There are two types of party games. The first is the goofy action game, like Overcooked or Moving out or arguably some fighting games like Gang Beasts. These will frequently have local multiplayer but no online multiplayer, which once again relies on remote play services to fix the problem.
The second type is the trivia game, like the Jackbox Party Packs. These don’t technically need remote play services to function. Frankly, you could stream them across Twitch and play them just fine. However, streaming services like Twitch bake in a delay to the stream, which requires you to turn on massively long timers and makes every game run slower than usual. Remote play services stream with as low latency as possible, allowing you to play Jackbox games as if you were there in real life.
Let’s talk about budgets. Creating a local multiplayer mode doesn’t cost that much, or at least it doesn’t cost nearly as much as coding an entire online suite for your game. This is why a lot of indie games only have local multiplayer and not online multiplayer. Of course, remote play services take any game with local multiplayer and turn it into an online game. This is great because the indiesphere is home to some great game genres that just don’t get love in AAA developing. There are tons of great Beat Em Ups, Shoot Em Ups, Run N Guns, and more, just waiting to be played with friends over the internet. Heck, you could spend hours of your life just trying to 100% Cuphead.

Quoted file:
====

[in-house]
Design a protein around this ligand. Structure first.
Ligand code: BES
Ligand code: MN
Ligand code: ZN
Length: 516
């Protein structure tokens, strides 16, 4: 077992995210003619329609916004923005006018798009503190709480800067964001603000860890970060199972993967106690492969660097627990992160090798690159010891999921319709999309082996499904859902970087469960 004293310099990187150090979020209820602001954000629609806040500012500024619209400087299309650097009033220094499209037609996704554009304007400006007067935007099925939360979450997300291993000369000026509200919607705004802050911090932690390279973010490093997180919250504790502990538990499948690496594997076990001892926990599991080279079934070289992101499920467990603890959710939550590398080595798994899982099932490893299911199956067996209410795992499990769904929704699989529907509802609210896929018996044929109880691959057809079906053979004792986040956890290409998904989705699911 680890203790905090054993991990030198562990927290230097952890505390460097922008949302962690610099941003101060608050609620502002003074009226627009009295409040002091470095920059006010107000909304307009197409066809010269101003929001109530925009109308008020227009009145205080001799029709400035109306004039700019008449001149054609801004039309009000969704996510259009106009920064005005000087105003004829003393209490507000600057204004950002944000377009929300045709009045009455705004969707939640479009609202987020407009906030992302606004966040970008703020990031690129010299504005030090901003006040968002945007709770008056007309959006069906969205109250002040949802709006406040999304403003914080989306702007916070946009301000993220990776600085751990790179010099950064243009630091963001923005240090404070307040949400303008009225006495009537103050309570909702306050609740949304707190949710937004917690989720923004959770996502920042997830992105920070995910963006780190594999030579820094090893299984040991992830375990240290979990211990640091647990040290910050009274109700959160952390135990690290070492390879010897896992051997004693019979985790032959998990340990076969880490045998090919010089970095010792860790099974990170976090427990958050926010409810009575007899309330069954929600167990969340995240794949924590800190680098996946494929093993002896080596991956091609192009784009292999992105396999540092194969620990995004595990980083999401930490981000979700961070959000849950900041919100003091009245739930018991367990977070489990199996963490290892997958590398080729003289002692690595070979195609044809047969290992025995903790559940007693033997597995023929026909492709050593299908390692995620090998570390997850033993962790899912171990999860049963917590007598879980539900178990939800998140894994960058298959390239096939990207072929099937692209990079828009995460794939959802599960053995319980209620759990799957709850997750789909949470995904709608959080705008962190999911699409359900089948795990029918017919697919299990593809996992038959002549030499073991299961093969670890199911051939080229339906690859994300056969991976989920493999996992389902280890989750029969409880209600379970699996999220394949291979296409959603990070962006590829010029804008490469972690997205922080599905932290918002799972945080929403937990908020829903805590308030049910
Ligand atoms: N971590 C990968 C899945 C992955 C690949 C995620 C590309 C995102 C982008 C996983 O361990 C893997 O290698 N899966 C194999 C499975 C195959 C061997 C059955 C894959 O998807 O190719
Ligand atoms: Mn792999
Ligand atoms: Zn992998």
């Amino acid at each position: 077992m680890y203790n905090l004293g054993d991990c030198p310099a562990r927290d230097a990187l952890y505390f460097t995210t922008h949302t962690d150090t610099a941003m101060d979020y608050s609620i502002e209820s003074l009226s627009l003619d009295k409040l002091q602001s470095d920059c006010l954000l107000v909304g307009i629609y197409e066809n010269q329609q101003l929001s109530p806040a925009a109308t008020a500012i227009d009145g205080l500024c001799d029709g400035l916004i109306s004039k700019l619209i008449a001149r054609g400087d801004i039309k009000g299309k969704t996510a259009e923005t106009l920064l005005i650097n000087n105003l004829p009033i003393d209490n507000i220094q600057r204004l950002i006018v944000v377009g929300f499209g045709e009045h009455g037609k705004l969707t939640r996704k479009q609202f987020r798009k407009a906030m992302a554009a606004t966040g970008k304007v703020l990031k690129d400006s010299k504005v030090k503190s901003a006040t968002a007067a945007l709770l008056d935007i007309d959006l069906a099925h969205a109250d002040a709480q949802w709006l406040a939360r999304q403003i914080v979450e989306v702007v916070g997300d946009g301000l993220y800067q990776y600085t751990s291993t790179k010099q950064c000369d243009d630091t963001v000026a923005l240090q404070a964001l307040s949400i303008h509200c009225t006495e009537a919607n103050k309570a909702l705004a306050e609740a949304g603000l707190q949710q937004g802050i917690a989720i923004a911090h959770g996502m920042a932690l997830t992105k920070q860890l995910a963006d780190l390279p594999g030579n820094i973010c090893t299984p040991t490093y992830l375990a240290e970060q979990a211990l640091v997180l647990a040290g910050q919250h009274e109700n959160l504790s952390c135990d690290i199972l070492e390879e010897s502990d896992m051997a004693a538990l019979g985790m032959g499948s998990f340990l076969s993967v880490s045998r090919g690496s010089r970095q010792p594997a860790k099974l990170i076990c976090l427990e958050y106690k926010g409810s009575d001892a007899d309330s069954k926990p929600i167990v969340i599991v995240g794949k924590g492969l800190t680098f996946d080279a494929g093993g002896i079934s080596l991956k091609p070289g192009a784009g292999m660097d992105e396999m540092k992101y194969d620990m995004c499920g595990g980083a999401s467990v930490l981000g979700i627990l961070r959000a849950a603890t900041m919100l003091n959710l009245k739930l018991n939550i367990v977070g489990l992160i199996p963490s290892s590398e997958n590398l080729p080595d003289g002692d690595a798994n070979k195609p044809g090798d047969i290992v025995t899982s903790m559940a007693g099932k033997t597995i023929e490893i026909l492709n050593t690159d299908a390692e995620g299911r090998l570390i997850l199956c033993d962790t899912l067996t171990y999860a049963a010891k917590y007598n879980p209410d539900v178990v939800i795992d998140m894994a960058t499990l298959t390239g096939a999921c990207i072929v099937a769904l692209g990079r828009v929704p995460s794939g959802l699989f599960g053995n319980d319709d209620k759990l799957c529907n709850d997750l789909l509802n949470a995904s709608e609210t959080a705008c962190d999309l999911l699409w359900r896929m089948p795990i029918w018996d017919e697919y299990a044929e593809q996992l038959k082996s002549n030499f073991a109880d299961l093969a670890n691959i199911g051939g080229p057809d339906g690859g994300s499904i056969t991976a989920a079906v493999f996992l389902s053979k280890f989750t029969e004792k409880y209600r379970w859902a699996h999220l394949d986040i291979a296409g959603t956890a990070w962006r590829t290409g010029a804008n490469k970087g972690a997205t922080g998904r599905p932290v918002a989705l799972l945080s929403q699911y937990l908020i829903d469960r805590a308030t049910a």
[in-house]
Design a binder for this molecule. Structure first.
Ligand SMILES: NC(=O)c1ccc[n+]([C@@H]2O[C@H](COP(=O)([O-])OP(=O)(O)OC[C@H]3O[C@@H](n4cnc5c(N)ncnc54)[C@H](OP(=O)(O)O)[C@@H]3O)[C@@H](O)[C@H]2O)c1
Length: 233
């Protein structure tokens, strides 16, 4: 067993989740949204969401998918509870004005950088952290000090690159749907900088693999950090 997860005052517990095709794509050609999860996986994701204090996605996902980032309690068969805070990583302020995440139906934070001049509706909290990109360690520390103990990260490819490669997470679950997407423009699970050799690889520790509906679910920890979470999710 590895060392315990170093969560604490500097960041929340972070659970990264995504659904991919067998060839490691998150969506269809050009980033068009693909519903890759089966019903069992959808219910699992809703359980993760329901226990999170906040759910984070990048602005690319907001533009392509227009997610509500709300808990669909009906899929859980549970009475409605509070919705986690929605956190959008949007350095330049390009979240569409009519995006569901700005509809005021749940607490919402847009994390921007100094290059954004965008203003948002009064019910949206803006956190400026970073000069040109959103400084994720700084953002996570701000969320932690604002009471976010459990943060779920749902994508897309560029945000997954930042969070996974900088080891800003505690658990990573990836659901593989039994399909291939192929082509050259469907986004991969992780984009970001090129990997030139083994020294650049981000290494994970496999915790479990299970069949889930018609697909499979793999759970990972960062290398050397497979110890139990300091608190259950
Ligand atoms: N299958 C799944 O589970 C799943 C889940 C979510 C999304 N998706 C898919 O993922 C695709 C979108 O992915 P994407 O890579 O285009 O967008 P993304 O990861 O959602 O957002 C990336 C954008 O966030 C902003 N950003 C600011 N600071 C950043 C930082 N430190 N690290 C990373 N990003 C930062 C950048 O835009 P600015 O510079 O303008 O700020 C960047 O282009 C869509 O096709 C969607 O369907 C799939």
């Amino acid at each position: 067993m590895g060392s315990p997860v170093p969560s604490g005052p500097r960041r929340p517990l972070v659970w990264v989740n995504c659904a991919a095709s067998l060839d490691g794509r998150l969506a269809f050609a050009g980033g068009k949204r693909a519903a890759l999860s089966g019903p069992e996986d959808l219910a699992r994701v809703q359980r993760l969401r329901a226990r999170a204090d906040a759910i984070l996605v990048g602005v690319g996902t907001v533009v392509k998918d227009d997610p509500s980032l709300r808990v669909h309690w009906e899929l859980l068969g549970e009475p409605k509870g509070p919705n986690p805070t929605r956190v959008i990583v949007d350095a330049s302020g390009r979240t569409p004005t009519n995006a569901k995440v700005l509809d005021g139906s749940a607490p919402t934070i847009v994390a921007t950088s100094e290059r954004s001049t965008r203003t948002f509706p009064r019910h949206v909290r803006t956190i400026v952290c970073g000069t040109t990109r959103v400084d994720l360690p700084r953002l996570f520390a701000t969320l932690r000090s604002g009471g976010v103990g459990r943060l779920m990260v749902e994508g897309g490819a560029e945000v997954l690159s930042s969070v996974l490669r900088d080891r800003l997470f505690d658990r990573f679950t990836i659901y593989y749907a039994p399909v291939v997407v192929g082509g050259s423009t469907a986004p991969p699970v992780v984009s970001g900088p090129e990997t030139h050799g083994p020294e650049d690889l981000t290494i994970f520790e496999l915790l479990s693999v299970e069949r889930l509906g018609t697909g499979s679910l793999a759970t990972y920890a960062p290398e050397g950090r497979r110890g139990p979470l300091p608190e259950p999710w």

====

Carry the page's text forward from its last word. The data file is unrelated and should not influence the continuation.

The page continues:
Online gaming Is relatively new for consoles. In fact, we only seriously started online gaming last generation on the PS3 and Xbox 360. That means there are tons of multiplayer games out there from generations past that never got the online treatment… until now!
Have an emulator? Then you have a way to play some of the greatest games of the past with friends online. Want to unleash a Colossus yell on X-Men: The Arcade Game? You can do that. Feel like taking on a three-player campaign of Secret of Mana? You can do that too! Hell, you can play Pong over the internet for all we care. The entire world of retro games is at your fingertips, and you can share it with all your online friends using Parsec or any other remote play service.
Wanna hear something depressing? Both Steam local remote play and Parsec are sometimes better than the built in netcode for certain fighting games. Without the fan-made netcode patch, I have definitely gotten better performance in Street Fighter V via remote play services. To be honest, I’ve gotten better performance on most delay based netcode fighting games. This is exactly why EVO had to scale back their main games to exhibition status, and replace them with four new games known for their rollback netcode.